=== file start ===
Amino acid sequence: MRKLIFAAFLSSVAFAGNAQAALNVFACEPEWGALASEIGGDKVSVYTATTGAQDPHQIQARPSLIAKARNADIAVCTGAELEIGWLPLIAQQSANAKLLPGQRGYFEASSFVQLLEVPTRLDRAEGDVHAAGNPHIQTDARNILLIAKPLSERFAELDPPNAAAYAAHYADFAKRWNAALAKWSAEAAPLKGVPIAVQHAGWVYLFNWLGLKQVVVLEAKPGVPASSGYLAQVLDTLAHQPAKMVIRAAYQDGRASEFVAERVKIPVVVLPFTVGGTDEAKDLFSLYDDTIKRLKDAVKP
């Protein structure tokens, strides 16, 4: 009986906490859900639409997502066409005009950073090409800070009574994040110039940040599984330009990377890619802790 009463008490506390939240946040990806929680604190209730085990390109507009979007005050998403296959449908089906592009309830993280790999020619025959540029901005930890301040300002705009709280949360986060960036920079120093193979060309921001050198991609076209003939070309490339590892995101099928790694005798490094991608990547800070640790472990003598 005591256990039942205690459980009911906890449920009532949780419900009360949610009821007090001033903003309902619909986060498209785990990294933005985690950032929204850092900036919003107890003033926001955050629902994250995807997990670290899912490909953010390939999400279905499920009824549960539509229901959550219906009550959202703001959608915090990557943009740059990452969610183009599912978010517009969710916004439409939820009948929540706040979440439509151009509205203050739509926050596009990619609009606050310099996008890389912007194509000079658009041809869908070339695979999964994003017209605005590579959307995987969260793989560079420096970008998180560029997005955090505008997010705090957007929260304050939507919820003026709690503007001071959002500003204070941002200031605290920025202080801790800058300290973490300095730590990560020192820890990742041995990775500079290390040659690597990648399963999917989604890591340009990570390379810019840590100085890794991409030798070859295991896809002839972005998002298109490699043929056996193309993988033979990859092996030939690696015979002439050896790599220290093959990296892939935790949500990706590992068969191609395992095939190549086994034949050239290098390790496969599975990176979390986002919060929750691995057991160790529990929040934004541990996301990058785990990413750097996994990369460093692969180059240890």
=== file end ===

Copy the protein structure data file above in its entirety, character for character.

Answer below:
Amino acid sequence: MRKLIFAAFLSSVAFAGNAQAALNVFACEPEWGALASEIGGDKVSVYTATTGAQDPHQIQARPSLIAKARNADIAVCTGAELEIGWLPLIAQQSANAKLLPGQRGYFEASSFVQLLEVPTRLDRAEGDVHAAGNPHIQTDARNILLIAKPLSERFAELDPPNAAAYAAHYADFAKRWNAALAKWSAEAAPLKGVPIAVQHAGWVYLFNWLGLKQVVVLEAKPGVPASSGYLAQVLDTLAHQPAKMVIRAAYQDGRASEFVAERVKIPVVVLPFTVGGTDEAKDLFSLYDDTIKRLKDAVKP
């Protein structure tokens, strides 16, 4: 009986906490859900639409997502066409005009950073090409800070009574994040110039940040599984330009990377890619802790 009463008490506390939240946040990806929680604190209730085990390109507009979007005050998403296959449908089906592009309830993280790999020619025959540029901005930890301040300002705009709280949360986060960036920079120093193979060309921001050198991609076209003939070309490339590892995101099928790694005798490094991608990547800070640790472990003598 005591256990039942205690459980009911906890449920009532949780419900009360949610009821007090001033903003309902619909986060498209785990990294933005985690950032929204850092900036919003107890003033926001955050629902994250995807997990670290899912490909953010390939999400279905499920009824549960539509229901959550219906009550959202703001959608915090990557943009740059990452969610183009599912978010517009969710916004439409939820009948929540706040979440439509151009509205203050739509926050596009990619609009606050310099996008890389912007194509000079658009041809869908070339695979999964994003017209605005590579959307995987969260793989560079420096970008998180560029997005955090505008997010705090957007929260304050939507919820003026709690503007001071959002500003204070941002200031605290920025202080801790800058300290973490300095730590990560020192820890990742041995990775500079290390040659690597990648399963999917989604890591340009990570390379810019840590100085890794991409030798070859295991896809002839972005998002298109490699043929056996193309993988033979990859092996030939690696015979002439050896790599220290093959990296892939935790949500990706590992068969191609395992095939190549086994034949050239290098390790496969599975990176979390986002919060929750691995057991160790529990929040934004541990996301990058785990990413750097996994990369460093692969180059240890």